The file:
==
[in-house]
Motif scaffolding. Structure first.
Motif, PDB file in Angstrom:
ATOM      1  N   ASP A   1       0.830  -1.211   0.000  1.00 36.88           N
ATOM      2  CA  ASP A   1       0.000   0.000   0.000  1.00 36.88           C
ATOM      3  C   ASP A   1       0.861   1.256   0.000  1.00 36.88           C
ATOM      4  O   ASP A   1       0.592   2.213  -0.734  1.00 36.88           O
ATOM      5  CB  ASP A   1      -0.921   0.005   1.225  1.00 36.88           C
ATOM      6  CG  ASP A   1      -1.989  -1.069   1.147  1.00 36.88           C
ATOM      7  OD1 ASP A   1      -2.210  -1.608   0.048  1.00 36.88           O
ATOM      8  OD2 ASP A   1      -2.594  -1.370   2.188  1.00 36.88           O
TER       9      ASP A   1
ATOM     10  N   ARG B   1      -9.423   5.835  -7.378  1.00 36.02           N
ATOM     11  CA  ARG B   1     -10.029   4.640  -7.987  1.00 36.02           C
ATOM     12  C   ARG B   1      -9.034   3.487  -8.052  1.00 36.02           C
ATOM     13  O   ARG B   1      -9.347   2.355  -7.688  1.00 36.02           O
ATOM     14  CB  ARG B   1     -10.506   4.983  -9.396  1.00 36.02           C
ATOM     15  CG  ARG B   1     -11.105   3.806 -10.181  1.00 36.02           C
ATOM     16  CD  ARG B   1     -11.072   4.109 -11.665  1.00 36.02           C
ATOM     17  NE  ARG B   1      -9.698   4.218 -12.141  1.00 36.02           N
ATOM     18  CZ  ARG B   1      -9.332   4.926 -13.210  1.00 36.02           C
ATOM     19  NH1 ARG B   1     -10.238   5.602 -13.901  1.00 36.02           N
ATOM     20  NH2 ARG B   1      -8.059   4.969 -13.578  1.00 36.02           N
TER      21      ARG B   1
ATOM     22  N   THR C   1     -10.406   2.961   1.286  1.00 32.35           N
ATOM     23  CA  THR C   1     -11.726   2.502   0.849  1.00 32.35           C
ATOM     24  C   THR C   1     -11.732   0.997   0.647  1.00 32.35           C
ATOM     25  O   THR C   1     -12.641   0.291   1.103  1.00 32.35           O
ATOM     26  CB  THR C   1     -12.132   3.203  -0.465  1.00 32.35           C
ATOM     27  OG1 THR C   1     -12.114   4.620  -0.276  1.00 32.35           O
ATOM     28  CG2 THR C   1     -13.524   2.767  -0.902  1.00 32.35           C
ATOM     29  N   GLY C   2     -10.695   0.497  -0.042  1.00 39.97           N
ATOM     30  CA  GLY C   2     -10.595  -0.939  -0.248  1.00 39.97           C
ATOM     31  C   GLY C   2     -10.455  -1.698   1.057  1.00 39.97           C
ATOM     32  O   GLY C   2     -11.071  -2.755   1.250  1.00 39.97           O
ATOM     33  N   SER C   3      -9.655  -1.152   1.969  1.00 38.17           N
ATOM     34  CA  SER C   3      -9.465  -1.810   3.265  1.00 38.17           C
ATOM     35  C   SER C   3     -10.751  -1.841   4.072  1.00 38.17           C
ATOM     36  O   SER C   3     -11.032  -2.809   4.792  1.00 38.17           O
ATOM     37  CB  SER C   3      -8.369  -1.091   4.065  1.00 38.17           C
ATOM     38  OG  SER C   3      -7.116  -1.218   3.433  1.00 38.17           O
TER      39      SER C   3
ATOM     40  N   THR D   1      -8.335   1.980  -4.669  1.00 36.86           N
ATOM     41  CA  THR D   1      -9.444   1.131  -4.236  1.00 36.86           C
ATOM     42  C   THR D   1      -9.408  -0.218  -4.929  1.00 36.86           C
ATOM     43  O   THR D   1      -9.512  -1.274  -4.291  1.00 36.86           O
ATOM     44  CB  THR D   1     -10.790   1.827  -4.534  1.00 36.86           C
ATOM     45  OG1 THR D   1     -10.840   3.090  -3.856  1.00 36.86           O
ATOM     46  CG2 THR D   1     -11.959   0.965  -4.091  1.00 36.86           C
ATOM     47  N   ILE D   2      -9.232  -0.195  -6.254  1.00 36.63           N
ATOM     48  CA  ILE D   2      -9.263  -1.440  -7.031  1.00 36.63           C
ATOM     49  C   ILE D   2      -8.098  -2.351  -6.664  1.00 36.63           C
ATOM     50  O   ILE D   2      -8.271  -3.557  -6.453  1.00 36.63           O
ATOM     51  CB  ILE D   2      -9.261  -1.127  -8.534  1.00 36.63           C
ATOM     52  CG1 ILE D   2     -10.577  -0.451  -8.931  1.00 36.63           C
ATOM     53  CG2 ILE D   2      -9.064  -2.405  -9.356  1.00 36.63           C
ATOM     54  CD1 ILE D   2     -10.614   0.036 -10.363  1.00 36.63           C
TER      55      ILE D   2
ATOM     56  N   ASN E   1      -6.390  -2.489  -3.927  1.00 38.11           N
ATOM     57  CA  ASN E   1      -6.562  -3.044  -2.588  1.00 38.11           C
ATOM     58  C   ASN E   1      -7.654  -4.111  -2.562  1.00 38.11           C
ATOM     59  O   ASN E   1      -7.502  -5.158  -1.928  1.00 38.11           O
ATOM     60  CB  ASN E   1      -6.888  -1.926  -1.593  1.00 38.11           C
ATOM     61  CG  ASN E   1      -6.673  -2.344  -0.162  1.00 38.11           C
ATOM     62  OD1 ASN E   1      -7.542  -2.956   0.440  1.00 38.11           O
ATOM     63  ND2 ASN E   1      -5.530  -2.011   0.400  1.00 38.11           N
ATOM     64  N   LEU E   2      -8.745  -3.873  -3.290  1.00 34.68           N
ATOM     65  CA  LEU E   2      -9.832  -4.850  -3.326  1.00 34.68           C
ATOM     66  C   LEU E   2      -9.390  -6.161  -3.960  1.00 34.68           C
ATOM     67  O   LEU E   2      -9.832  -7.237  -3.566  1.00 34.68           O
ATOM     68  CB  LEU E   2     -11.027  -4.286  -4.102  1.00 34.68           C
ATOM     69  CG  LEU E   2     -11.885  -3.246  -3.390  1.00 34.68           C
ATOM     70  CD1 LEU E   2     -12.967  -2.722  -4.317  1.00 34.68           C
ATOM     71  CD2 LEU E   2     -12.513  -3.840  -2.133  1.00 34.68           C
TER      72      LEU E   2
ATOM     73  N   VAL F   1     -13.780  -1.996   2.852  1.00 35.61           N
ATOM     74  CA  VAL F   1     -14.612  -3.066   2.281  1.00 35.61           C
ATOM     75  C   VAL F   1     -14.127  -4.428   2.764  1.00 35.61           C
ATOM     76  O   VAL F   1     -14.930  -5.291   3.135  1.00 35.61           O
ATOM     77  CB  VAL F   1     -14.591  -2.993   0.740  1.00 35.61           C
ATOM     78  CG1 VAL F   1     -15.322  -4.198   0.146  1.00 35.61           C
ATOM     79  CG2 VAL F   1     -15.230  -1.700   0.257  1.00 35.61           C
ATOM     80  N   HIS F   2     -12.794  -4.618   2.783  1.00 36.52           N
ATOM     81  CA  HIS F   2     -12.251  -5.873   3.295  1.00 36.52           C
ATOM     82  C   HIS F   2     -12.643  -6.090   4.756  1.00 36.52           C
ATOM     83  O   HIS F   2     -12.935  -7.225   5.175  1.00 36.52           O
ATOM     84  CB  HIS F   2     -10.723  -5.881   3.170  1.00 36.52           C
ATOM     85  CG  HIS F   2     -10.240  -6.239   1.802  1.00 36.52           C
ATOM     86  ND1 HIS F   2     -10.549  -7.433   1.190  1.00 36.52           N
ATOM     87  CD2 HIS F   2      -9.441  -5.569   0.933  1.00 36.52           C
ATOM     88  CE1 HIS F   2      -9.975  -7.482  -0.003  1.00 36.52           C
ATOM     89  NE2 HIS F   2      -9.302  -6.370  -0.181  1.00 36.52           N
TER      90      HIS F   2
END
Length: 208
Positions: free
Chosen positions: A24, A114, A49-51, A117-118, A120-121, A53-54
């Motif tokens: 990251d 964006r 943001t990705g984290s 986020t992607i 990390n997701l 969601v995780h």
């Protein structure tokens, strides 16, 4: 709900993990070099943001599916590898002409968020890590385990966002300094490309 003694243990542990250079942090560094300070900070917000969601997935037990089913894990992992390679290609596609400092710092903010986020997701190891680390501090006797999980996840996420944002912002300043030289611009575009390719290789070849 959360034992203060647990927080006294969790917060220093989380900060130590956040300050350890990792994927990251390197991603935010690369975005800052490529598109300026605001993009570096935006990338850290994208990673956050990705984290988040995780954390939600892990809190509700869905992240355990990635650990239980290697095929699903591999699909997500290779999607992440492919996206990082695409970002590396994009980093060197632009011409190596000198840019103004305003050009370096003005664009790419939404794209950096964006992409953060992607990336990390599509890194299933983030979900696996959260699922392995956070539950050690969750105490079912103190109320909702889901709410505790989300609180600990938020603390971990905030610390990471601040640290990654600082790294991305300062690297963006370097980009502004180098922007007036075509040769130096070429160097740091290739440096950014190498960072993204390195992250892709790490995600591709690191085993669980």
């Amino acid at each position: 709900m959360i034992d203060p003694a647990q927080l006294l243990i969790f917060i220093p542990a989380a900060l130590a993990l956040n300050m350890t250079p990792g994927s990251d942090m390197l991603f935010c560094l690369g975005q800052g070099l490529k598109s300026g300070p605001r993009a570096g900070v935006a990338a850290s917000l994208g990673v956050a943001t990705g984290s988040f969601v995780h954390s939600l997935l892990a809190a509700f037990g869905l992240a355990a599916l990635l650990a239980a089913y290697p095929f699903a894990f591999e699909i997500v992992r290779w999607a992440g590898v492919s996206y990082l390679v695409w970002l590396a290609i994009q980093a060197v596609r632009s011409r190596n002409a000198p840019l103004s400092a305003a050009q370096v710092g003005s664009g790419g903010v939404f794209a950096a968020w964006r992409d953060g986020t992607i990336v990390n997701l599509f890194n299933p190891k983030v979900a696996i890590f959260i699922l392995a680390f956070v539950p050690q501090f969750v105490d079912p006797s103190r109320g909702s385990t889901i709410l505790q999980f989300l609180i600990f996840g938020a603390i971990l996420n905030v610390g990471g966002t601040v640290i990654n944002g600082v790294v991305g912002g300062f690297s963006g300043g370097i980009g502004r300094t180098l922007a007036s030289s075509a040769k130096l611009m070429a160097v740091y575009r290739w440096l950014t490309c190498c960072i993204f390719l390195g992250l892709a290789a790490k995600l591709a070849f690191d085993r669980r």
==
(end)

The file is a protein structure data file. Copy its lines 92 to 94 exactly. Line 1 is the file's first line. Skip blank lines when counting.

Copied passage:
ATOM     89  NE2 HIS F   2      -9.302  -6.370  -0.181  1.00 36.52           N
TER      90      HIS F   2
END